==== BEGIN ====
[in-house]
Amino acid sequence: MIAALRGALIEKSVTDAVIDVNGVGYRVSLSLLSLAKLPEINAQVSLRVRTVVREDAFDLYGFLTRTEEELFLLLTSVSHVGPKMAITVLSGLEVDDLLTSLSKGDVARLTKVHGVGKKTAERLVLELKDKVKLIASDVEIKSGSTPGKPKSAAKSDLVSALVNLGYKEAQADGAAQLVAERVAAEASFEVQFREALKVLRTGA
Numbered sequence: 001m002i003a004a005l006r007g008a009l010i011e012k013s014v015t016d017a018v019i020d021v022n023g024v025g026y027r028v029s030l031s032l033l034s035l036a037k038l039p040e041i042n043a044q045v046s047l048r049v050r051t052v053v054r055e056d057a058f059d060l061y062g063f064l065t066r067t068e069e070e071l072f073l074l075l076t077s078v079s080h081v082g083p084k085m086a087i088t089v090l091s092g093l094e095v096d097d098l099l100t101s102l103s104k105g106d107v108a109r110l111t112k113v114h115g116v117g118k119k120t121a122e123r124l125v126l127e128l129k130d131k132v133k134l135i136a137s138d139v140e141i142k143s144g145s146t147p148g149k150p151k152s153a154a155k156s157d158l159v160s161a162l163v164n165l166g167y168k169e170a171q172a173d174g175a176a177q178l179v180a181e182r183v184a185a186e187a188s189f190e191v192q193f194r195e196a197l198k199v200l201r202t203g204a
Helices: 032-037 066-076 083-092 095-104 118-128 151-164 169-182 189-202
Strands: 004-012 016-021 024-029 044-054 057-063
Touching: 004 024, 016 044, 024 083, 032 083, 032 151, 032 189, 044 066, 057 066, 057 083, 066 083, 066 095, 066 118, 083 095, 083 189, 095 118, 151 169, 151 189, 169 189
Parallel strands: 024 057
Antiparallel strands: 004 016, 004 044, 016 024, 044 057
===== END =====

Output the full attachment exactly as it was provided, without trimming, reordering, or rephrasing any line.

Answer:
[in-house]
Amino acid sequence: MIAALRGALIEKSVTDAVIDVNGVGYRVSLSLLSLAKLPEINAQVSLRVRTVVREDAFDLYGFLTRTEEELFLLLTSVSHVGPKMAITVLSGLEVDDLLTSLSKGDVARLTKVHGVGKKTAERLVLELKDKVKLIASDVEIKSGSTPGKPKSAAKSDLVSALVNLGYKEAQADGAAQLVAERVAAEASFEVQFREALKVLRTGA
Numbered sequence: 001m002i003a004a005l006r007g008a009l010i011e012k013s014v015t016d017a018v019i020d021v022n023g024v025g026y027r028v029s030l031s032l033l034s035l036a037k038l039p040e041i042n043a044q045v046s047l048r049v050r051t052v053v054r055e056d057a058f059d060l061y062g063f064l065t066r067t068e069e070e071l072f073l074l075l076t077s078v079s080h081v082g083p084k085m086a087i088t089v090l091s092g093l094e095v096d097d098l099l100t101s102l103s104k105g106d107v108a109r110l111t112k113v114h115g116v117g118k119k120t121a122e123r124l125v126l127e128l129k130d131k132v133k134l135i136a137s138d139v140e141i142k143s144g145s146t147p148g149k150p151k152s153a154a155k156s157d158l159v160s161a162l163v164n165l166g167y168k169e170a171q172a173d174g175a176a177q178l179v180a181e182r183v184a185a186e187a188s189f190e191v192q193f194r195e196a197l198k199v200l201r202t203g204a
Helices: 032-037 066-076 083-092 095-104 118-128 151-164 169-182 189-202
Strands: 004-012 016-021 024-029 044-054 057-063
Touching: 004 024, 016 044, 024 083, 032 083, 032 151, 032 189, 044 066, 057 066, 057 083, 066 083, 066 095, 066 118, 083 095, 083 189, 095 118, 151 169, 151 189, 169 189
Parallel strands: 024 057
Antiparallel strands: 004 016, 004 044, 016 024, 044 057